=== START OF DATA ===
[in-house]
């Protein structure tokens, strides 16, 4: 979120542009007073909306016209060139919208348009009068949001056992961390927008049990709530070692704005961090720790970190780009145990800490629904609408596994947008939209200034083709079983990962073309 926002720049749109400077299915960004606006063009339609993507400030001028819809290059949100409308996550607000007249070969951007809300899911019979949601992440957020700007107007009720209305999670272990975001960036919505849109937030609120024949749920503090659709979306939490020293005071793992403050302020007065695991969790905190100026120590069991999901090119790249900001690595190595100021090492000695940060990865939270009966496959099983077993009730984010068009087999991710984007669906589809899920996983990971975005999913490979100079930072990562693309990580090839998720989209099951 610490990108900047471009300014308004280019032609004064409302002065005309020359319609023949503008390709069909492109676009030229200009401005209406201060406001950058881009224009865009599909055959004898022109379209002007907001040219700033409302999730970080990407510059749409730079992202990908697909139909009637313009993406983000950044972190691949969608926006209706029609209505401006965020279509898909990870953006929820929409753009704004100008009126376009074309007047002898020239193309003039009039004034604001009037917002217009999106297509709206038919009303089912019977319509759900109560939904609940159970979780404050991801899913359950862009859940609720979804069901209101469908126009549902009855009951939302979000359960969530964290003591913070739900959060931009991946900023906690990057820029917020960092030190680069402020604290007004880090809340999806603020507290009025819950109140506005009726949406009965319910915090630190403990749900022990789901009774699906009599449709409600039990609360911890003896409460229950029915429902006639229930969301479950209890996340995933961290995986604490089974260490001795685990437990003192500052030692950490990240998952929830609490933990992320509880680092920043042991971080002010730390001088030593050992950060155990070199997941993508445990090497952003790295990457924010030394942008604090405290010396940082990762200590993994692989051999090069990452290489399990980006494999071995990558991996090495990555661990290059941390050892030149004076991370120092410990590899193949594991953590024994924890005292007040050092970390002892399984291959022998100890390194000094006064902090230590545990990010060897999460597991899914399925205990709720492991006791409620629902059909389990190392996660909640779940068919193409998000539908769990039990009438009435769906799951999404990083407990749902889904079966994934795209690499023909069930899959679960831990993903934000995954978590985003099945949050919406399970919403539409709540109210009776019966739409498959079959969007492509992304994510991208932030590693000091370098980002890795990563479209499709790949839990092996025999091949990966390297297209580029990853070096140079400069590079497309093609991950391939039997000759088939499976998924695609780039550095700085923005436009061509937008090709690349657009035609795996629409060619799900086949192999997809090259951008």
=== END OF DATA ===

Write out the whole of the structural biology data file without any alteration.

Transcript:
[in-house]
């Protein structure tokens, strides 16, 4: 979120542009007073909306016209060139919208348009009068949001056992961390927008049990709530070692704005961090720790970190780009145990800490629904609408596994947008939209200034083709079983990962073309 926002720049749109400077299915960004606006063009339609993507400030001028819809290059949100409308996550607000007249070969951007809300899911019979949601992440957020700007107007009720209305999670272990975001960036919505849109937030609120024949749920503090659709979306939490020293005071793992403050302020007065695991969790905190100026120590069991999901090119790249900001690595190595100021090492000695940060990865939270009966496959099983077993009730984010068009087999991710984007669906589809899920996983990971975005999913490979100079930072990562693309990580090839998720989209099951 610490990108900047471009300014308004280019032609004064409302002065005309020359319609023949503008390709069909492109676009030229200009401005209406201060406001950058881009224009865009599909055959004898022109379209002007907001040219700033409302999730970080990407510059749409730079992202990908697909139909009637313009993406983000950044972190691949969608926006209706029609209505401006965020279509898909990870953006929820929409753009704004100008009126376009074309007047002898020239193309003039009039004034604001009037917002217009999106297509709206038919009303089912019977319509759900109560939904609940159970979780404050991801899913359950862009859940609720979804069901209101469908126009549902009855009951939302979000359960969530964290003591913070739900959060931009991946900023906690990057820029917020960092030190680069402020604290007004880090809340999806603020507290009025819950109140506005009726949406009965319910915090630190403990749900022990789901009774699906009599449709409600039990609360911890003896409460229950029915429902006639229930969301479950209890996340995933961290995986604490089974260490001795685990437990003192500052030692950490990240998952929830609490933990992320509880680092920043042991971080002010730390001088030593050992950060155990070199997941993508445990090497952003790295990457924010030394942008604090405290010396940082990762200590993994692989051999090069990452290489399990980006494999071995990558991996090495990555661990290059941390050892030149004076991370120092410990590899193949594991953590024994924890005292007040050092970390002892399984291959022998100890390194000094006064902090230590545990990010060897999460597991899914399925205990709720492991006791409620629902059909389990190392996660909640779940068919193409998000539908769990039990009438009435769906799951999404990083407990749902889904079966994934795209690499023909069930899959679960831990993903934000995954978590985003099945949050919406399970919403539409709540109210009776019966739409498959079959969007492509992304994510991208932030590693000091370098980002890795990563479209499709790949839990092996025999091949990966390297297209580029990853070096140079400069590079497309093609991950391939039997000759088939499976998924695609780039550095700085923005436009061509937008090709690349657009035609795996629409060619799900086949192999997809090259951008």